Terrace banking on China-focused industrial park

Northern city hoping to attract manufacturing, LNG sectors to Skeena Industrial site

Terrace’s 2,400-acre Skeena Industrial Development Park is partly owned by Taisheng International Investment Services, an offshoot of China’s Qinghuangdao Economic Development Zone | Photo: City of Terrace

For some B.C. cities like Terrace, which is looking at Chinese companies as a key part of its economic rejuvenation, the fight between Beijing and Ottawa over Huawei Technologies Co. Ltd. has amplified area economic uncertainty.

But Terrace officials say they also understand the dispute – which has escalated to include the banning of canola imports into China from Canada’s two largest producers – is out of their control. Instead they’re focused on attracting businesses to the city’s Skeena Industrial Development Park, a 2,400-acre site partly owned and developed by Burnaby’s Taisheng International Investment Services.

Taisheng, an offshoot of China’s Qinghuangdao Economic Development Zone and its business interests, said it has no plans to alter its goal of bringing Chinese manufacturers interested in Terrace’s easy port access to Asia and North American location, even in light of the trade dispute.

“China’s economy and Canada’s economy complement each other,” said Taisheng managing director Richard Zhang, whose company invested $11.8 million in Skeena Industrial Development Park in 2014. “Those fundamentals have not changed, and trade is still happening.”

Zhang added that when his company promotes the park in China, Chinese companies have questions about the situation stemming from Huawei. But he said that, over the long term, “Canada is still considered a very appealing option.”

The stakes are high for Terrace, where the availability of natural resources like lumber and minerals has been offset by mine closures and capacity reductions, said Terrace’s economic development manager, Danielle Myles.

She added that a manufacturing sector taking advantage of Terrace’s proximity to the Port of Prince Rupert could add revenue to the tax base of a city that urgently needs diversification.

Zhang said Taisheng has completed its on-site water system plans and must now get federal and provincial government approvals. In the meantime, Taisheng is stepping up marketing efforts for Terrace in China, and there are some firms in areas like seafood processing, metal fabrication and energy that have expressed interest. But many of them would need a running water system to work – something that may still take a year or longer to put in place.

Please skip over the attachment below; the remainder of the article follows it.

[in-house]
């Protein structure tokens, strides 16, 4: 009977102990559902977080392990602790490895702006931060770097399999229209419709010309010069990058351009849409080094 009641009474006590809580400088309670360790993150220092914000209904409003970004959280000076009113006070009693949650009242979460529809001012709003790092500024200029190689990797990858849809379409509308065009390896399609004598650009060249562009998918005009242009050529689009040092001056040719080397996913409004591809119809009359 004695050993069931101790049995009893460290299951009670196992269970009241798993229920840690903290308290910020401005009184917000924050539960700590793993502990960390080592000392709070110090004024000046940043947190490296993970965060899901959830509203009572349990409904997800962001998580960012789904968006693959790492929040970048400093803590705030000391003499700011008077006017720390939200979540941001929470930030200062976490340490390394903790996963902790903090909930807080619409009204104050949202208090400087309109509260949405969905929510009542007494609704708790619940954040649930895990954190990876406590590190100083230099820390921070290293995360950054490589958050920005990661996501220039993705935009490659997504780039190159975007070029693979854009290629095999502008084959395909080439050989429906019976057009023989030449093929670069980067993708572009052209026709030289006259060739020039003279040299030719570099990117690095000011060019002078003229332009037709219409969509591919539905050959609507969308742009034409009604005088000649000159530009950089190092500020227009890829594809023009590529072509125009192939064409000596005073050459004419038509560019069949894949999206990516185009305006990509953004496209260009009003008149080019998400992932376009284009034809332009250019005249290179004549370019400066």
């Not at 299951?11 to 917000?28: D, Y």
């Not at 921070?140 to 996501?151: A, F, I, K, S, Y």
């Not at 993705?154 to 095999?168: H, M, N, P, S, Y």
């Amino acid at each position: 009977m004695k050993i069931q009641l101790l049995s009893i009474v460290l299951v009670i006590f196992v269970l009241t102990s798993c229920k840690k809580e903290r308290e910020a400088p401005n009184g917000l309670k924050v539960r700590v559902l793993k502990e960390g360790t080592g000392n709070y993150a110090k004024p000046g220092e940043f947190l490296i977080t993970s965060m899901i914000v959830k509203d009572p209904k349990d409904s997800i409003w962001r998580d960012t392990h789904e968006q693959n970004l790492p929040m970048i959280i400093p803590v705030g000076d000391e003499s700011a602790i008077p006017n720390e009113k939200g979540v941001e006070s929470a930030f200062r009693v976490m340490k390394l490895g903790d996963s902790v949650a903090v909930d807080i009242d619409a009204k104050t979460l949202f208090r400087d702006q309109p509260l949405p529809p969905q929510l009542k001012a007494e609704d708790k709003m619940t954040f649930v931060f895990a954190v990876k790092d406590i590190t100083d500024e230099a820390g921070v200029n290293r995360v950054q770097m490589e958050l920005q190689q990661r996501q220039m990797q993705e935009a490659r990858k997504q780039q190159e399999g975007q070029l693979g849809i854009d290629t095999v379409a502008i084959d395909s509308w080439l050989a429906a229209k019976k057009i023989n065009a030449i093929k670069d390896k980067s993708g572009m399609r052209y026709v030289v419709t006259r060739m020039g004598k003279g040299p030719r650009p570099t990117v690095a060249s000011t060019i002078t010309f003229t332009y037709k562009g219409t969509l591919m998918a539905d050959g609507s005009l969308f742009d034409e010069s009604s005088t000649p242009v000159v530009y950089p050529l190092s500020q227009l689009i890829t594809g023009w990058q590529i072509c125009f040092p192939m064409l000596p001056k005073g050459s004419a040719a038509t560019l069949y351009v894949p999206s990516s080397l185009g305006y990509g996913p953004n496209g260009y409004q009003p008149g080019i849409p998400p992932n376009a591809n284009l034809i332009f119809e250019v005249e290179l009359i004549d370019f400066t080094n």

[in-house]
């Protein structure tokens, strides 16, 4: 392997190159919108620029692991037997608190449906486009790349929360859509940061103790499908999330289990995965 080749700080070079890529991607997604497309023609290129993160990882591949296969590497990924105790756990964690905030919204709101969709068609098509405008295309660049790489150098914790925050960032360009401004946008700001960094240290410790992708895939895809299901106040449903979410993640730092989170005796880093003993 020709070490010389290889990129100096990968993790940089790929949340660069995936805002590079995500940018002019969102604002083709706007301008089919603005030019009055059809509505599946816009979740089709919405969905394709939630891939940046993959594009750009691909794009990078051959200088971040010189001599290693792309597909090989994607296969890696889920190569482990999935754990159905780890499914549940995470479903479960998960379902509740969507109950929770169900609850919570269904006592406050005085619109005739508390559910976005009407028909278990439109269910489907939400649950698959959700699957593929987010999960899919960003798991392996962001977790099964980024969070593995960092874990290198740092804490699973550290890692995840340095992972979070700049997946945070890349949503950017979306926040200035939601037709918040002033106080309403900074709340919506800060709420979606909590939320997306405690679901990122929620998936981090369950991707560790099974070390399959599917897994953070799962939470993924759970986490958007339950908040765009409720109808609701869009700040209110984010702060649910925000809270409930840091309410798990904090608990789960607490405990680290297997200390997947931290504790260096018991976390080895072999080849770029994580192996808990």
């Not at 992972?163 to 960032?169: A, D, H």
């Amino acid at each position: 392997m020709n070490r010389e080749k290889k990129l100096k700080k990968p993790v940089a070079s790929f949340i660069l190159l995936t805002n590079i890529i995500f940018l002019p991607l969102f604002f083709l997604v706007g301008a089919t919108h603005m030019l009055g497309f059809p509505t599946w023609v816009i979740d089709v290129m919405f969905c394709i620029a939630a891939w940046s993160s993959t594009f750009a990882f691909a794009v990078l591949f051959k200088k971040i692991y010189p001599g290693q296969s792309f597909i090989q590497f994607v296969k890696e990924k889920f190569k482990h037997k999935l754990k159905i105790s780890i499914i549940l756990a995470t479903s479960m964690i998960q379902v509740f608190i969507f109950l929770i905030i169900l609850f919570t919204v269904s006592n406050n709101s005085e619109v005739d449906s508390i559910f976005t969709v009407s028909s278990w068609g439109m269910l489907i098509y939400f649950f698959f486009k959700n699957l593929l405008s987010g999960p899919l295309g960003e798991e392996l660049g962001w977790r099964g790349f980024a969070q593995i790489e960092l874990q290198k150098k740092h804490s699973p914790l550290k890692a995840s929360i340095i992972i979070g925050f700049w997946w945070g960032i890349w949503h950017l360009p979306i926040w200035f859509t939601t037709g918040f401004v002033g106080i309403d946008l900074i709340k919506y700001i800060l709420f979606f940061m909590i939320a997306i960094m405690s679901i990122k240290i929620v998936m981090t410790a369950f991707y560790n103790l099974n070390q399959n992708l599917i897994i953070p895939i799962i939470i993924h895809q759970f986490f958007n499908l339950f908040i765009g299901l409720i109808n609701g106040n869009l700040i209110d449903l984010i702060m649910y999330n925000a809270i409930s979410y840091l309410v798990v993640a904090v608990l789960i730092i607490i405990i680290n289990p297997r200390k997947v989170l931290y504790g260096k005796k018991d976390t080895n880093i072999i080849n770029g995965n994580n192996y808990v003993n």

That’s why both Taisheng and Terrace are turning to another opportunity – Kitimat’s LNG Canada megaproject – to fill the short-term business gap. Zhang said that some of the logistical needs of construction companies on the LNG Canada project, such as equipment storage, may not need a water system and so can theoretically be moved to Skeena Industrial Park as soon as the end of this year.

And, given LNG Canada’s close ties to Asia, Zhang said catering to the project’s needs fits into Taisheng’s original concept that the industrial park be a part of North America’s industrial gateway to Asia and vice versa.

Four of LNG Canada’s five stakeholders – PetroChina Co. Ltd., Korea Gas Corp., Malaysia’s Petronas and Japan’s Mitsubishi Corp. – are from Asian economies.

“LNG is something that’s deeply linked to the Asian market, whether it’s China, Japan or South Korea,” Zhang said. “The project brings a lot of momentum to the region, and we feel that during that time, the contractors will need support in nearby areas to service their equipment, operations and logistical needs. We are only 30 kilometres away; it’s a 30-minute drive, and our land availability is not as limited as it is in Kitimat.”

In addition, Myles said, smaller producers are looking at producing LNG in the industrial park using an existing high-pressure natural gas line. The city is also aggressively pursuing investment opportunities from abroad as part of B.C.’s entrepreneur immigration pilot program, which would allow foreign investors who bring manufacturing or related industrial businesses to Terrace to fast-track their immigration.

The city is partnering with Taisheng and Global Dewatering Ltd. and the Kitselas First Nation, the two other owners of land within the Skeena Industrial Park site, to find a consultant who will tailor an investment attraction strategy for the next stage of promoting Terrace and its new industrial park.

Zhang said the search for tenants will not be limited to China.

“This is a platform that is open to everyone. It is a Canadian project that will bring opportunities and growth to the B.C. northwest, and anyone who wants to prosper together in this opportunity is welcome.”